Fierce fighting took place in Picardy between September 22 and 26 and in Artois from the 27th until October 10. From there, both sides continued further north into Flanders, where they fought a series of bloody battles. The result was not a breakthrough. It was a stalemate.

The Allies were trying to move east, and the Germans were trying to move west. The result was that both armies moved north, following an almost straight line from the Aisne to the coast and the Straits of Dover. It was this retrospective appearance of a rush north that earned the fighting its label of the Race to the Sea.

Belgian soldiers in 1914. Photo: Garitan –  CC BY-SA 3.0.
Belgian soldiers in 1914. Photo: Garitan –  CC BY-SA 3.0.

The Fall of Antwerp

The effect of the Race to the Sea was the formation of defensive lines facing each other across northern France and the western tip of Belgium. The lines were completed, and the race brought to a halt by another piece of fighting – the attack on Antwerp.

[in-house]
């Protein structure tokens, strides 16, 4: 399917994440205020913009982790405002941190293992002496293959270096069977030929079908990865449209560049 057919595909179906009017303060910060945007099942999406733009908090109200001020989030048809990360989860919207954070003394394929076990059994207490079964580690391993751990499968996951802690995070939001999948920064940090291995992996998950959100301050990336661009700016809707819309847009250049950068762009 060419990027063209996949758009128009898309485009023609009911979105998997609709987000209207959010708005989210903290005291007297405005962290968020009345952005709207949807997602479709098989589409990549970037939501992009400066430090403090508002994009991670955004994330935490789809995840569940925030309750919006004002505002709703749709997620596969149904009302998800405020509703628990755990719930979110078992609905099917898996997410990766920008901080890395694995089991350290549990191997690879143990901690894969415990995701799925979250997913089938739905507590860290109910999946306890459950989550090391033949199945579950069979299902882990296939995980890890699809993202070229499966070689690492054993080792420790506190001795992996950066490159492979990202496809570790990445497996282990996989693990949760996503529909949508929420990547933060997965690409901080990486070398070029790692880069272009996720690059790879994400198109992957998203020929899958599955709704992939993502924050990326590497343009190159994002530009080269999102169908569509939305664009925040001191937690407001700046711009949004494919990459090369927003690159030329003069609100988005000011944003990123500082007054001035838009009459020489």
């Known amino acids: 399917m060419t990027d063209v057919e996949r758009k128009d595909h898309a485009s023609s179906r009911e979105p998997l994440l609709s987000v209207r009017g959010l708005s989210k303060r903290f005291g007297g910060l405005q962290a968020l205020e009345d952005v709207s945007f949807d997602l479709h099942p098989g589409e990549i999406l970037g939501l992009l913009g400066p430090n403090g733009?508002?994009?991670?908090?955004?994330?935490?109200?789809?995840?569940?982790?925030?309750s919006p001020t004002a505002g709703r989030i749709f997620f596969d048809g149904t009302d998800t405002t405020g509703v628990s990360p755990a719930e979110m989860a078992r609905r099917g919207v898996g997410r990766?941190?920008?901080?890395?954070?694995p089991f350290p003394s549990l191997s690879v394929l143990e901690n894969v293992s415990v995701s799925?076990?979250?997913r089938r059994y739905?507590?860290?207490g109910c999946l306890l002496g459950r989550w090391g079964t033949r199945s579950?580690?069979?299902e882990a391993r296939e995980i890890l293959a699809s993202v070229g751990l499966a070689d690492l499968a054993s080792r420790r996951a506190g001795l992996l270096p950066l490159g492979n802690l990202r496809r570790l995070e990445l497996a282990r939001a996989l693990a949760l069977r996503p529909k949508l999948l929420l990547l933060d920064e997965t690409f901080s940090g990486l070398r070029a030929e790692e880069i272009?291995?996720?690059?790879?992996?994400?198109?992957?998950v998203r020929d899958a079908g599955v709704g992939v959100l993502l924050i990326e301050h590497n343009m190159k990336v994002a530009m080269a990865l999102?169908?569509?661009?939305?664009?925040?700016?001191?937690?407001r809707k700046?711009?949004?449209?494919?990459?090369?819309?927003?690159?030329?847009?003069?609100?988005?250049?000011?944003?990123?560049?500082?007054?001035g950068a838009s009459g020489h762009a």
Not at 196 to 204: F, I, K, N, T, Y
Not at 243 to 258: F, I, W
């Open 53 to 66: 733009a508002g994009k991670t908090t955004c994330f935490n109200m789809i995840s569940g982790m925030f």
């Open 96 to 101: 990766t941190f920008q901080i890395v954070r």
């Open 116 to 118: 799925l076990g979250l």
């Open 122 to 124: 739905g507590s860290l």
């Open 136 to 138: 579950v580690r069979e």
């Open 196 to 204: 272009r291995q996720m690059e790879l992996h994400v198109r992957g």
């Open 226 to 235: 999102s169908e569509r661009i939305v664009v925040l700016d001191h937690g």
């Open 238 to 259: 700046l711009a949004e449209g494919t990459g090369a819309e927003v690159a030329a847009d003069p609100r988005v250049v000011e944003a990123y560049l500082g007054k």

From the start of the war, the Belgian government had intended to use the city of Antwerp as its last bastion. Surrounded by strong concrete fortifications, they thought they could hold out until their allies arrived.

They had not counted on the power of German artillery. After beating all the other Belgian defenses, the Germans laid siege to Antwerp on August 28. The arrival of British forces was not enough to save the Belgian city. In early October, the defenders withdrew. The city surrendered on the 10th.